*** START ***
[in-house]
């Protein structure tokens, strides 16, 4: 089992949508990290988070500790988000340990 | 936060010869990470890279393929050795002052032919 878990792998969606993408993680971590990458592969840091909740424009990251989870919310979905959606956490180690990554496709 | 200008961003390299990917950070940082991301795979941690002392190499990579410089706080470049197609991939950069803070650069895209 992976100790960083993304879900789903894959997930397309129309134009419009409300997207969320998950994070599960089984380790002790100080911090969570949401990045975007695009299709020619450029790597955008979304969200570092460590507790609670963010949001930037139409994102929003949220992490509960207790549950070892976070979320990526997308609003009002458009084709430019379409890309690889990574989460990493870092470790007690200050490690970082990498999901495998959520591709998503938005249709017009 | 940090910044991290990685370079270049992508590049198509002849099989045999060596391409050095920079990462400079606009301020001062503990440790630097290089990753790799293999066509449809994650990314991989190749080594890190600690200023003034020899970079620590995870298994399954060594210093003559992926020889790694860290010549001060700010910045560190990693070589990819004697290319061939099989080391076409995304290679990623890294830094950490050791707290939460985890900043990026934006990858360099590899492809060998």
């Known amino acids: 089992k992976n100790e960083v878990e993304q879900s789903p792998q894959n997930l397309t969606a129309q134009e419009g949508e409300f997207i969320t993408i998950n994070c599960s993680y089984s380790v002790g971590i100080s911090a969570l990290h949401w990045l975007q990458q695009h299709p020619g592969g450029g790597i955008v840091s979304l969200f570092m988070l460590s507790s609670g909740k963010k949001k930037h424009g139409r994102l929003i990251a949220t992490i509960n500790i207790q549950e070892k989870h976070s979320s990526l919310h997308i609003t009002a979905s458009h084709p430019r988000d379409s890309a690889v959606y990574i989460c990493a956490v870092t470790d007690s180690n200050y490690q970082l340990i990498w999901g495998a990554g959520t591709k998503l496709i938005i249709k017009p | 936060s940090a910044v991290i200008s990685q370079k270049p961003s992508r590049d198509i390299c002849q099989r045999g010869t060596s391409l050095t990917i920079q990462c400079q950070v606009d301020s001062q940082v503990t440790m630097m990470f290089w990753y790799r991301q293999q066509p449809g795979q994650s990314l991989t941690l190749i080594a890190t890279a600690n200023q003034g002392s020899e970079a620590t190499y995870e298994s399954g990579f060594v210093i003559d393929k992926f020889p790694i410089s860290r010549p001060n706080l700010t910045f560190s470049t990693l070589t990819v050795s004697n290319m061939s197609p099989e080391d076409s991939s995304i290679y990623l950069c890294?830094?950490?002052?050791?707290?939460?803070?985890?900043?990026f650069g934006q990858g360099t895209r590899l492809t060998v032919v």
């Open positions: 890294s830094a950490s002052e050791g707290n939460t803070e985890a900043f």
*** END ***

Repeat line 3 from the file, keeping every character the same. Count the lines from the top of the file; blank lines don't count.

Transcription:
């Known amino acids: 089992k992976n100790e960083v878990e993304q879900s789903p792998q894959n997930l397309t969606a129309q134009e419009g949508e409300f997207i969320t993408i998950n994070c599960s993680y089984s380790v002790g971590i100080s911090a969570l990290h949401w990045l975007q990458q695009h299709p020619g592969g450029g790597i955008v840091s979304l969200f570092m988070l460590s507790s609670g909740k963010k949001k930037h424009g139409r994102l929003i990251a949220t992490i509960n500790i207790q549950e070892k989870h976070s979320s990526l919310h997308i609003t009002a979905s458009h084709p430019r988000d379409s890309a690889v959606y990574i989460c990493a956490v870092t470790d007690s180690n200050y490690q970082l340990i990498w999901g495998a990554g959520t591709k998503l496709i938005i249709k017009p | 936060s940090a910044v991290i200008s990685q370079k270049p961003s992508r590049d198509i390299c002849q099989r045999g010869t060596s391409l050095t990917i920079q990462c400079q950070v606009d301020s001062q940082v503990t440790m630097m990470f290089w990753y790799r991301q293999q066509p449809g795979q994650s990314l991989t941690l190749i080594a890190t890279a600690n200023q003034g002392s020899e970079a620590t190499y995870e298994s399954g990579f060594v210093i003559d393929k992926f020889p790694i410089s860290r010549p001060n706080l700010t910045f560190s470049t990693l070589t990819v050795s004697n290319m061939s197609p099989e080391d076409s991939s995304i290679y990623l950069c890294?830094?950490?002052?050791?707290?939460?803070?985890?900043?990026f650069g934006q990858g360099t895209r590899l492809t060998v032919v």